- Information supports concern of serious poor practice and/or misconduct
Initial Assessment Supports concern of poor practice
If the initial assessment supports a concern that the conduct of an adult amounts to poor practice, the Child Wellbeing and Protection Officer will share the findings of the initial assessment with the relevant member of staff at the Club, who has responsibility for the staff or volunteer whose conduct has amounted to poor practice, who will respond in line the Club’s procedures.
The Child Wellbeing and Protection Officer will carry out any further investigation, as necessary and take appropriate action depending on the nature and seriousness of the conduct.
Initial Assessment supports concern of poor practice and/or misconduct
If the concern relates to the conduct of a member of staff or volunteer the Child Wellbeing and Protection Officer will share the findings of the initial assessment with the relevant member of staff in the HR Department, if applicable, who will respond in line the club’s Disciplinary Procedures, or with the official at the Club who has responsibility for the staff or volunteer whose conducted has amounted to serious poor practice and/or misconduct.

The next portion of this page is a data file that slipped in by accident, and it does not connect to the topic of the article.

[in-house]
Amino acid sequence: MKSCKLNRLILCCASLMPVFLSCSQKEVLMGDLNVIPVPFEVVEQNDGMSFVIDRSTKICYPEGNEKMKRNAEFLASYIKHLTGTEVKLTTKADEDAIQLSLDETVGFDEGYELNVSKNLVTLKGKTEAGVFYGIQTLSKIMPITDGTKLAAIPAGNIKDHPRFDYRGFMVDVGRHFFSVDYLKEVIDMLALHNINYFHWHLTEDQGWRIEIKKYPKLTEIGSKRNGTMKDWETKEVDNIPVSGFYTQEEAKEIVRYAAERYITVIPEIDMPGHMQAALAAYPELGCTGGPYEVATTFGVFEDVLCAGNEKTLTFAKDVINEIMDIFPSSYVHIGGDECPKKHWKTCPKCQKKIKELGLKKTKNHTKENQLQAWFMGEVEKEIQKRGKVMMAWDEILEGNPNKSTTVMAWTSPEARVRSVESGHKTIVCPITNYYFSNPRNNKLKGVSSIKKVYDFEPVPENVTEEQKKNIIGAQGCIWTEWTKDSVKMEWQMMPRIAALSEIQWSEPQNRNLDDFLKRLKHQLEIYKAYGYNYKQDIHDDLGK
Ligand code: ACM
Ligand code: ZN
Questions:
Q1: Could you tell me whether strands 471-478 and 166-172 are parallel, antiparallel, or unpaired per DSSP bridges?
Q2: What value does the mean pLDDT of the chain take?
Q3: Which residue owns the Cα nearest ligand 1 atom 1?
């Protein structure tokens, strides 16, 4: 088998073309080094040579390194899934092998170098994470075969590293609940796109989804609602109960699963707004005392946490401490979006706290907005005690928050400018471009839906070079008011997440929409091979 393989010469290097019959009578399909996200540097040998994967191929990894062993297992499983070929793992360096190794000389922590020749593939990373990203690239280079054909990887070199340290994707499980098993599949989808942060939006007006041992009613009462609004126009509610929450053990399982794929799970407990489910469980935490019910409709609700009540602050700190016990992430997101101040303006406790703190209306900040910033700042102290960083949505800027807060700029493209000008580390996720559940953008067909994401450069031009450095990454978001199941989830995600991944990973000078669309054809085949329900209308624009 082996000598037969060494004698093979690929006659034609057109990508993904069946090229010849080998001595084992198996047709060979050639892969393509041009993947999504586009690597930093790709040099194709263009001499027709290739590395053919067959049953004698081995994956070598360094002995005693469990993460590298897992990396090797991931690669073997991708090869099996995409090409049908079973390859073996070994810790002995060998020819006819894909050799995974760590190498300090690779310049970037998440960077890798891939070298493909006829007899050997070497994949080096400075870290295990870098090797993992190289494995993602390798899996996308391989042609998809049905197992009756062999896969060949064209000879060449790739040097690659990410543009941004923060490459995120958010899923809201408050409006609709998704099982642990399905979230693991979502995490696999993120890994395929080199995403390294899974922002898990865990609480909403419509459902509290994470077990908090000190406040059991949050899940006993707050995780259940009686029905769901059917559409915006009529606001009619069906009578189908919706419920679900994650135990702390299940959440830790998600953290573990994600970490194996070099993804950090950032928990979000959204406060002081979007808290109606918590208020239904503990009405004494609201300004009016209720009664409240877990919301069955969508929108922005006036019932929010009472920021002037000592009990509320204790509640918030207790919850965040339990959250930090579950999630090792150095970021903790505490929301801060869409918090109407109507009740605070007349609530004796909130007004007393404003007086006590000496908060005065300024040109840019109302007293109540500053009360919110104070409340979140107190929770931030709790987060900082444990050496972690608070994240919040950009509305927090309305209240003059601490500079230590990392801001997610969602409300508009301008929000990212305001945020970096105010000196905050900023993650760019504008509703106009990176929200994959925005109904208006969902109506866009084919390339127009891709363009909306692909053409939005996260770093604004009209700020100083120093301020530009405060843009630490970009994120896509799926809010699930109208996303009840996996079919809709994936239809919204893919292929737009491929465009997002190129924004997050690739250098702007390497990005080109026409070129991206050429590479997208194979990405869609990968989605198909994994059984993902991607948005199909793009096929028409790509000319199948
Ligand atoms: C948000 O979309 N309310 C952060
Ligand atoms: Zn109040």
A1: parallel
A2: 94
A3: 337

Initial Assessment supports concern of possible criminal behaviour
Where the initial assessment of information gives reasonable cause to suspect an adult’s behaviour has been a criminal offence, the Child Wellbeing and Protection Officer will:
- report the concern to the police as soon as possible on the day the information is received, along with supporting information; and
- make a written record of the name of the police officer to whom the concerns were passed together with the crime reference number, time and date of the call, in case any follow up is required; and
- on request, provide the police with a copy of the Concern Recording Form; and
- following the advice of the police, inform the parents/carers of the child involved as soon as possible unless the police advice is not to do this; and
- if appropriate, share the information with the child’s Named Person if there is any impact on a child’s wellbeing caused by an adult’s possible criminal behaviour unless the police advise not to do this.